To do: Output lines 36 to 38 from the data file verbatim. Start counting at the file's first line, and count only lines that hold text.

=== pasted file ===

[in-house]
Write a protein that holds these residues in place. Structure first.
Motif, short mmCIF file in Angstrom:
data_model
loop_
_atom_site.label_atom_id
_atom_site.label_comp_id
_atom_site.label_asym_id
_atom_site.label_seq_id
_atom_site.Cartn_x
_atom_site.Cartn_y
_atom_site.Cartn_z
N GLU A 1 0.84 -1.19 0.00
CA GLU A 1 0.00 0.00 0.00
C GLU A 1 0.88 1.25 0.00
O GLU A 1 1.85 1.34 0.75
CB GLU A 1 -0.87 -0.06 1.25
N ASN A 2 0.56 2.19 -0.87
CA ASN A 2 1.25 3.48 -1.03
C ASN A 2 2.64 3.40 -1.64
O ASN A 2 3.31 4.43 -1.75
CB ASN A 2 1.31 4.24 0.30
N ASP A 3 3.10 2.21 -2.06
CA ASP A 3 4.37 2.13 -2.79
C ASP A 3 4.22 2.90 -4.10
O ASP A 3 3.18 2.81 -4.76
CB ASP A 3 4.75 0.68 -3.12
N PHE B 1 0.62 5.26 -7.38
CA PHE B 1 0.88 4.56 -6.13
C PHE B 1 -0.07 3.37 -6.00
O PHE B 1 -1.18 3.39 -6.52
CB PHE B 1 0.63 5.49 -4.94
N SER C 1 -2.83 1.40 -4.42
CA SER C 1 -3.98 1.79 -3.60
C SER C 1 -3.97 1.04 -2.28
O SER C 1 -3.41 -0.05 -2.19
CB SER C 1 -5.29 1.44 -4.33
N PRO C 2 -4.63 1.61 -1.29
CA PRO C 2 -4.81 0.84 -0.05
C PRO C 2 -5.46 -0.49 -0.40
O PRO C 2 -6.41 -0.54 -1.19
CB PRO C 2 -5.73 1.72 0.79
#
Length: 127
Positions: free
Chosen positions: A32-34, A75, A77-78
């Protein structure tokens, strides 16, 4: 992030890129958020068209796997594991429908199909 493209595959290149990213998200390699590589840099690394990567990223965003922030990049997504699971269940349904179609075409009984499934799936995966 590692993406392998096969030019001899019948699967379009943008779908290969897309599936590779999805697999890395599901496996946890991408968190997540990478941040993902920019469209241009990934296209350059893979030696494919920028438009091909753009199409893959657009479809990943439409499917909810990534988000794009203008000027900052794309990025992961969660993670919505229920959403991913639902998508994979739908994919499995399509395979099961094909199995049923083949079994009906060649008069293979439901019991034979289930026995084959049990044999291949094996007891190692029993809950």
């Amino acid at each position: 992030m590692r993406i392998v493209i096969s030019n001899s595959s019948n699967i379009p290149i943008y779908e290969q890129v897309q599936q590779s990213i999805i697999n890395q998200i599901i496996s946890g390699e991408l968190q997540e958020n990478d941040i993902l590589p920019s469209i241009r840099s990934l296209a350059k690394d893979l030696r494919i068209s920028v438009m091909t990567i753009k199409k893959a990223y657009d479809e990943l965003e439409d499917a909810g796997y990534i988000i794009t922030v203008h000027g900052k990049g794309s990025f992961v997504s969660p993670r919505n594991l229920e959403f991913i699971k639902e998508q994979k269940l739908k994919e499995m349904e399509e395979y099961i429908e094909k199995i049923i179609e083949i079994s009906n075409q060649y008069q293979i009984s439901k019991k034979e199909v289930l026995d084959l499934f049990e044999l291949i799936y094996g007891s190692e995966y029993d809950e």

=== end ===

O SER C 1 -3.41 -0.05 -2.19
CB SER C 1 -5.29 1.44 -4.33
N PRO C 2 -4.63 1.61 -1.29